Letter to all mental health advocates: DOJ v PDX settlement mediation

Eds note: This letter was sent to all major Portland-area treatment providers two weeks ago.  There was no response.

We are writing to bring you up to date on another step in the the continuing lawsuit by the U.S. Department of Justice, which seeks to compel police reforms and bring an end to a pattern of excessive, unnecessary force in Portland Police encounters with persons diagnosed with, or thought to have, mental illness.

Currently a proposed settlement agreement, outlining a package of remedial measures by the City of Portland, has been submitted to the court, and the parties have a chance to comment.  Details and disagreements will be worked out in formal mediation. Given the divergent interests at the table, there will be substantial revisions, and the final settlement will completely satisfy nobody. However, it’s also likely to contain much that is positive from each party’s point of view.  And if the agreement satisfies the DOJ, the lawsuit against the city could be dismissed or tabled contingent on successful follow-through with promised reforms.

As you may know, our group, the Mental Health Association of Portland, has been a member organization of the AMA Coalition on Justice and Police Reform for many years. Judge Michael Simon has granted the Coalition amicus status in the mediation. This is roughly equal to intervenor status, which was awarded to the Portland Police Association, but the AMA Coalition is not a party to the suit, and would not be allowed to appeal a decision by the court.  The Mental Health Association of Portland has contributed to the Coalition’s response to the section of the settlement on changes to Portland’s community mental health system.

The mediation itself will be secret. The AMA Coalition – which includes several churches, Sisters of the Road, Disability Rights Oregon, Portland Copwatch, ACLU Oregon, Oregon Action, Jobs with Justice and Basic Rights Oregon – will be represented by its steering committee. The members are not mental health advocates; their concerns center on police training and accountability.  They do, however, understand mental health solutions are prominently featured in the settlement, and are willing to bring forward the responses we provide.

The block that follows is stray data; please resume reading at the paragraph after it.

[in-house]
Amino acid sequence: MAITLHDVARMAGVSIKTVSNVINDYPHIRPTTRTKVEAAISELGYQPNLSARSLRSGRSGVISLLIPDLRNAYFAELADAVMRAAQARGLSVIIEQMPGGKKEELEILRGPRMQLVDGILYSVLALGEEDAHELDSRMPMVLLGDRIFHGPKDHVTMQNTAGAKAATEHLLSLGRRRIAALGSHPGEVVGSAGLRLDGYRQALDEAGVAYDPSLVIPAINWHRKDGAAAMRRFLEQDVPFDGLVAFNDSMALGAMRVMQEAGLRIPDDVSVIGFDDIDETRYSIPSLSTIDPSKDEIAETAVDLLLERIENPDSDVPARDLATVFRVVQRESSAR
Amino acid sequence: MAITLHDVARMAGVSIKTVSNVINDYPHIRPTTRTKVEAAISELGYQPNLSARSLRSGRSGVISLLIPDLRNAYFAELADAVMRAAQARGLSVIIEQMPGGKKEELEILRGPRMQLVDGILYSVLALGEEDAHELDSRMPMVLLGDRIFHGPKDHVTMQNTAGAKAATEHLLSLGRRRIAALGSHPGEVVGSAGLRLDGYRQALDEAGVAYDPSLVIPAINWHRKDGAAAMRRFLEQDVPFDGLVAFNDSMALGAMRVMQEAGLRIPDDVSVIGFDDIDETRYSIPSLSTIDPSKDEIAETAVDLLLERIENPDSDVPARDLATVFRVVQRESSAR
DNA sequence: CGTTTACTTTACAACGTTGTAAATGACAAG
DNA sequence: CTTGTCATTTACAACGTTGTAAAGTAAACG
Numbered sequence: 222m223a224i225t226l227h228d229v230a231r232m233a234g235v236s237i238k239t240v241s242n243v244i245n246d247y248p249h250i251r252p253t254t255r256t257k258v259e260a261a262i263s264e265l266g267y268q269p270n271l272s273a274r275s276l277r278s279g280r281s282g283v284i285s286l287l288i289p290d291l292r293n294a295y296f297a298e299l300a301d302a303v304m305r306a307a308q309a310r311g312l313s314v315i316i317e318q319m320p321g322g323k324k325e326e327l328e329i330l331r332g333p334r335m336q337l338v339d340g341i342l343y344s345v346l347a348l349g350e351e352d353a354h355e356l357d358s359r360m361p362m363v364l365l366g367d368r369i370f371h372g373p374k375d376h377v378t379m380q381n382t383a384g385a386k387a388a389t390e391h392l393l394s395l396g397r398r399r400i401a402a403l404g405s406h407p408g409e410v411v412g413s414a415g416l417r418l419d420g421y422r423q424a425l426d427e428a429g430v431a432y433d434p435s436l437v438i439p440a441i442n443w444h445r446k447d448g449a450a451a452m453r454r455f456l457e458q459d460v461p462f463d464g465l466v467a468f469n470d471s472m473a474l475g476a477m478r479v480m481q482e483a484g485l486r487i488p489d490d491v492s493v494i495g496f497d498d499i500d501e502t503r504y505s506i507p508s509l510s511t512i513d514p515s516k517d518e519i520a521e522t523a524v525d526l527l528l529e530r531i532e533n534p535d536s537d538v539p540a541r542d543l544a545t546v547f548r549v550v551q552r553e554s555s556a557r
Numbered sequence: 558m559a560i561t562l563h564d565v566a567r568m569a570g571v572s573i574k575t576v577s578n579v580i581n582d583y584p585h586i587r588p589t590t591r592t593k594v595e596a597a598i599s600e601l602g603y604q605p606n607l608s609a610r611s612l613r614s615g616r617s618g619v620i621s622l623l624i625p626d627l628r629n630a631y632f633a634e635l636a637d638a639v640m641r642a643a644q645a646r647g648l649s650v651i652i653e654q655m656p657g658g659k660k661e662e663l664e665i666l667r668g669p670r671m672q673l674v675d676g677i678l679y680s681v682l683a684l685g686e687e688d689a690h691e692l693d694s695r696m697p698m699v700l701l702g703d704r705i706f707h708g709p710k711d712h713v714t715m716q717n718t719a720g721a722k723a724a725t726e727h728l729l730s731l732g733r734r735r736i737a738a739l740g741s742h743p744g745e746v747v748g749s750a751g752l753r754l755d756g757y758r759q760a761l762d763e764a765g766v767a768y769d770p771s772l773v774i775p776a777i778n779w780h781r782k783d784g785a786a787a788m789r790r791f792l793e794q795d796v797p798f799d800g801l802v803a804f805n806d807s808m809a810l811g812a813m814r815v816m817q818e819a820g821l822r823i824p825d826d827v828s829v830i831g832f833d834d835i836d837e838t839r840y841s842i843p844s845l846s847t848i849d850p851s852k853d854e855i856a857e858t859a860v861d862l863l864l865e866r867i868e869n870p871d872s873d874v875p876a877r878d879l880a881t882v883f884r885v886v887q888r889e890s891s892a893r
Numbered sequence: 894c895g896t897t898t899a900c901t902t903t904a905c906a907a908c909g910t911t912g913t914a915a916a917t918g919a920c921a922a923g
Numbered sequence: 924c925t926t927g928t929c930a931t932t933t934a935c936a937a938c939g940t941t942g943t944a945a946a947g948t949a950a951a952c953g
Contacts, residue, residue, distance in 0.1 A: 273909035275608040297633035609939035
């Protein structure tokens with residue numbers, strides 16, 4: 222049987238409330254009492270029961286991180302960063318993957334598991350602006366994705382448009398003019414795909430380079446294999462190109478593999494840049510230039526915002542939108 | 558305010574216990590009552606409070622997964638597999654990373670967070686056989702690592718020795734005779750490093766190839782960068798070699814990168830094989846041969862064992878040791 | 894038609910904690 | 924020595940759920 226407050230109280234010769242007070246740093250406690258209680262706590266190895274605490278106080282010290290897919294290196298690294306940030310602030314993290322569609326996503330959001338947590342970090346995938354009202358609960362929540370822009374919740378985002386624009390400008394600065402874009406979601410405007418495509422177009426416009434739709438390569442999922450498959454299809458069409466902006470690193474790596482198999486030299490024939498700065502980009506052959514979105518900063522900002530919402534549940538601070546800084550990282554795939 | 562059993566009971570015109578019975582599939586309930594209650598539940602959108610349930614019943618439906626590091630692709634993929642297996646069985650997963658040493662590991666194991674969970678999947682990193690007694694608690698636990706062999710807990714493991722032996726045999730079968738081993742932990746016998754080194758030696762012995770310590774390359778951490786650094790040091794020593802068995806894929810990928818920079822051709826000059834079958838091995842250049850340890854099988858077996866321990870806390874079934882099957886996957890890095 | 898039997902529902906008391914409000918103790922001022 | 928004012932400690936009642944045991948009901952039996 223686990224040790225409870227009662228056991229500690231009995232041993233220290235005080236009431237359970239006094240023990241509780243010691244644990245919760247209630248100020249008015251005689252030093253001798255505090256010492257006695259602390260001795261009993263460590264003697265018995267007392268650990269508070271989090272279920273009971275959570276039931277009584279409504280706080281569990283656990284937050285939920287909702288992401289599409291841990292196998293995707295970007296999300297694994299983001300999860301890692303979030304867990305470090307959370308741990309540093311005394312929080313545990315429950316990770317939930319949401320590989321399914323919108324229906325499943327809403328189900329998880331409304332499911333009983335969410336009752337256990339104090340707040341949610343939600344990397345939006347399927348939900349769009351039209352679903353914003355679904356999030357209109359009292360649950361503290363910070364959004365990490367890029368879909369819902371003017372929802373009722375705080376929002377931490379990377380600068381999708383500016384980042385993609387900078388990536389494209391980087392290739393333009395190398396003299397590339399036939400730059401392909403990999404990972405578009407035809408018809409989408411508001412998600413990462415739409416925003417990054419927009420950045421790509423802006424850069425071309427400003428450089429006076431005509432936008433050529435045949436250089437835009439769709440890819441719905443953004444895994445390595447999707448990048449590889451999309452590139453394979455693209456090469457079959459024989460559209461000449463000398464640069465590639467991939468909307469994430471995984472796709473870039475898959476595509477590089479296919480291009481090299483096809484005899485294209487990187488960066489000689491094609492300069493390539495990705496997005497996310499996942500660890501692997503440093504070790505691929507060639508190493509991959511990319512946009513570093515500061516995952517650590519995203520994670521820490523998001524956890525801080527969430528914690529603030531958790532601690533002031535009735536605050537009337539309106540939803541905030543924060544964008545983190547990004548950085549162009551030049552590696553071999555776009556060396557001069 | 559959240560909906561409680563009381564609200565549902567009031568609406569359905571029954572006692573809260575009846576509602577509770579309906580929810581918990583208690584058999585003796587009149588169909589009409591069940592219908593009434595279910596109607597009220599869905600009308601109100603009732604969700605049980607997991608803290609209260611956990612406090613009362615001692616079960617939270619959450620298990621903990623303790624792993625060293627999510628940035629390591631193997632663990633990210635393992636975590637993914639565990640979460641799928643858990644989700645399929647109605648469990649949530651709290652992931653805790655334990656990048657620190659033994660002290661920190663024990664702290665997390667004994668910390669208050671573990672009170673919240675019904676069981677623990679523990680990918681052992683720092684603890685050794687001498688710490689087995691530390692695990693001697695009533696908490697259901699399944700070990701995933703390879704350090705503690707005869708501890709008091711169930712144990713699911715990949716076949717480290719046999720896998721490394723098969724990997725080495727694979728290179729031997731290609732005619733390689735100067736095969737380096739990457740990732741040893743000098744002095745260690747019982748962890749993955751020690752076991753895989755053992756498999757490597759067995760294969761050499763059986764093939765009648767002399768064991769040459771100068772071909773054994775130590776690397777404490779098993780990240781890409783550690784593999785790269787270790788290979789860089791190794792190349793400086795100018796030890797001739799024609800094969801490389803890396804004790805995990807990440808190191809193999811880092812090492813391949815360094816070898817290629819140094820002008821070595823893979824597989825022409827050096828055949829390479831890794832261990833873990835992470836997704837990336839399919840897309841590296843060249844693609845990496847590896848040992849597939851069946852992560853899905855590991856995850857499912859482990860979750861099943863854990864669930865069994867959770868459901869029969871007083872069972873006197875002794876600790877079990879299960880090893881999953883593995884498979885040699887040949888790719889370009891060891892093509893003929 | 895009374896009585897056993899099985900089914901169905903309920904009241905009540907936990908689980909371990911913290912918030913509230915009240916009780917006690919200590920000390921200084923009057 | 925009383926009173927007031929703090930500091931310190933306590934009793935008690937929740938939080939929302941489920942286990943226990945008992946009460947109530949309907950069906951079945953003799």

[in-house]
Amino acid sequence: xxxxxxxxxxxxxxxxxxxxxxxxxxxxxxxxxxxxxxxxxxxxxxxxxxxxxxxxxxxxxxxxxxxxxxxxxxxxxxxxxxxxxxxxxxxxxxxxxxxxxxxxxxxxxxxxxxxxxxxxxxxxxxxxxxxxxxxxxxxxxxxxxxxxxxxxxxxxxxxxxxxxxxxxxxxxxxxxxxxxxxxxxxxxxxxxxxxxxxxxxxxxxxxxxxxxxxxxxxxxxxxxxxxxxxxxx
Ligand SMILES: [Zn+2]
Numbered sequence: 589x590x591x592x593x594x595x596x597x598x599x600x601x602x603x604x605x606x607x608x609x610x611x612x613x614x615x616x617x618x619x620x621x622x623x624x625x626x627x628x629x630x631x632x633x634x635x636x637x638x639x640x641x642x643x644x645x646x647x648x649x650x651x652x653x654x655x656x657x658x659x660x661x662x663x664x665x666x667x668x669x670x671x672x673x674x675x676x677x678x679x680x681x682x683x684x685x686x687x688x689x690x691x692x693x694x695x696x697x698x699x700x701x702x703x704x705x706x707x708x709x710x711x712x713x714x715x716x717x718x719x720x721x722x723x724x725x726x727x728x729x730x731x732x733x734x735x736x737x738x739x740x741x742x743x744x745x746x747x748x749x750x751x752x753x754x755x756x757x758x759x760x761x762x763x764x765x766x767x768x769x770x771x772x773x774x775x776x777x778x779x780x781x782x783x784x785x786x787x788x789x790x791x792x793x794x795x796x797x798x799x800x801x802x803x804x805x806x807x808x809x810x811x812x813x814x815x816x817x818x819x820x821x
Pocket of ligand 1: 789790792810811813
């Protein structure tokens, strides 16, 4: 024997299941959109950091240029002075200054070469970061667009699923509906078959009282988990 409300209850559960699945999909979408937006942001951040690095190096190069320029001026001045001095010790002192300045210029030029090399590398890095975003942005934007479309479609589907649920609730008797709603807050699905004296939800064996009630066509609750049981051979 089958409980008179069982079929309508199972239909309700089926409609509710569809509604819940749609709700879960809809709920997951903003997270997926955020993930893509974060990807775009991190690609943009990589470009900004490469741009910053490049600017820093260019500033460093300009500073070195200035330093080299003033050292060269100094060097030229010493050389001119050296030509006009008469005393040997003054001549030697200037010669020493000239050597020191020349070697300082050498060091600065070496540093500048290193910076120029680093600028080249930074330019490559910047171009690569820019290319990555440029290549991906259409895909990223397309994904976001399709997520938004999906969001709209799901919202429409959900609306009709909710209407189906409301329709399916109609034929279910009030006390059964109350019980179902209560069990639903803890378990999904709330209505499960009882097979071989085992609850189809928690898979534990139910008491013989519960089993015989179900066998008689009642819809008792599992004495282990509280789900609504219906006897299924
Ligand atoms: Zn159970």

There are about 40 distinct ideas on mental health reform included in the settlement.  It is likely that many of these will be present, in some form, in the final settlement agreement. They are not all good ideas, however.  A couple are worthwhile; others simply affirm existing resources; the balance range from implausible to insulting. It appears the author(s) were well-intentioned, inexperienced, and in all aspects, sympathetic to police concerns.

The mediation will happen in late April and May, after police union contract negotiations have concluded.

Mental Health Association of Portland has several concerns about the settlement.  Our responses emphasize:

1.  Inclusion of persons with mental illness.  The wide community of persons who are likely to be in a mental health crisis must have the opportunity to provide worthwhile input at every point, including a meaningful presence on committees and substantial participation in development of policies and procedures.

2.  Transparency.  All newly formed and ongoing police services around mental health crisis must be non-secret and easily available to the public, including contact information for key players, public meeting information, minutes, training curricula, and outcome data.

3.  Crisis services.  We agree resources for mental health crisis are insufficient, and there is a need to develop one or more walk-in crisis centers.  We suggest these centers should be peer-run and peer-staffed.

These are challenging ideas, but not impossible.  You probably have some ideas as well. There are many stakeholders in the mental health and addictions service community who will not be at the table.  We suggest those persons contact the negotiators, by visit or letter, as soon as possible.

The proposed settlement agreement may be downloaded here: http://tinyurl.com/anur3cu

Mediator: Paul De Muniz, PDeMuniz@willamette.edu (More information about De Muniz: http://tinyurl.com/cywrjeu)

The DOJ’s counsel: Jonas Geissler, Jonas.Geissler@usdoj.gov, Adrian Brown, adrian.brown@usdoj.gov and Billy Williams, BWilliams3@usa.doj.gov

The PPA’s counsel: Anil Karia, anil@miketlaw.com

The City’s counsel: Jim Van Dyke, Jim.VanDyke@portlandoregon.gov and Ellen Osoinach, Ellen.Osoinach@portlandoregon.gov

The AMA Coalition will be represented by its steering committee: Rev. LeRoy Haynes, allentemple@qwestoffice.net , Rev. T. Allen Bethel, pastortallen@aol.com , Dan Handelman, copwatch@portlandcopwatch.org , Joanne Hardesty, joannhardesty@gmail.com , and its lawyer: Shauna Curphey, scurphey@curpheylaw.com

We hope this information is helpful.